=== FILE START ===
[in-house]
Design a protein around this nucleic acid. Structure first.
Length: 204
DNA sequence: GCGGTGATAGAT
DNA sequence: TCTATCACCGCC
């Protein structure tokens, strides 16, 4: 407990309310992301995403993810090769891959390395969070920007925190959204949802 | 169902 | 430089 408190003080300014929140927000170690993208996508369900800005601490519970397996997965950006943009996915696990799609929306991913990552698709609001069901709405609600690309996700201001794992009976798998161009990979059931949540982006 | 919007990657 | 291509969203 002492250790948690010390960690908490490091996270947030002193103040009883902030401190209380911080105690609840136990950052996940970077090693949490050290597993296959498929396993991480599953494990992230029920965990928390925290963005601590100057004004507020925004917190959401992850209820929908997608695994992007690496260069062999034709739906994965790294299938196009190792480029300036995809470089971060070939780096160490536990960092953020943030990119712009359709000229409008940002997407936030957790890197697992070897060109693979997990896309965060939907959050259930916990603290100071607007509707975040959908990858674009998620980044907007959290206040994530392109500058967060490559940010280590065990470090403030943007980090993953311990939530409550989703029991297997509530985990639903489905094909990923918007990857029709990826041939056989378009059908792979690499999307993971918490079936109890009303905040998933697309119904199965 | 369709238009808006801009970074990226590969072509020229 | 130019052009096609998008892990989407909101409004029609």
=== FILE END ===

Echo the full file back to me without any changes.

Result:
[in-house]
Design a protein around this nucleic acid. Structure first.
Length: 204
DNA sequence: GCGGTGATAGAT
DNA sequence: TCTATCACCGCC
């Protein structure tokens, strides 16, 4: 407990309310992301995403993810090769891959390395969070920007925190959204949802 | 169902 | 430089 408190003080300014929140927000170690993208996508369900800005601490519970397996997965950006943009996915696990799609929306991913990552698709609001069901709405609600690309996700201001794992009976798998161009990979059931949540982006 | 919007990657 | 291509969203 002492250790948690010390960690908490490091996270947030002193103040009883902030401190209380911080105690609840136990950052996940970077090693949490050290597993296959498929396993991480599953494990992230029920965990928390925290963005601590100057004004507020925004917190959401992850209820929908997608695994992007690496260069062999034709739906994965790294299938196009190792480029300036995809470089971060070939780096160490536990960092953020943030990119712009359709000229409008940002997407936030957790890197697992070897060109693979997990896309965060939907959050259930916990603290100071607007509707975040959908990858674009998620980044907007959290206040994530392109500058967060490559940010280590065990470090403030943007980090993953311990939530409550989703029991297997509530985990639903489905094909990923918007990857029709990826041939056989378009059908792979690499999307993971918490079936109890009303905040998933697309119904199965 | 369709238009808006801009970074990226590969072509020229 | 130019052009096609998008892990989407909101409004029609």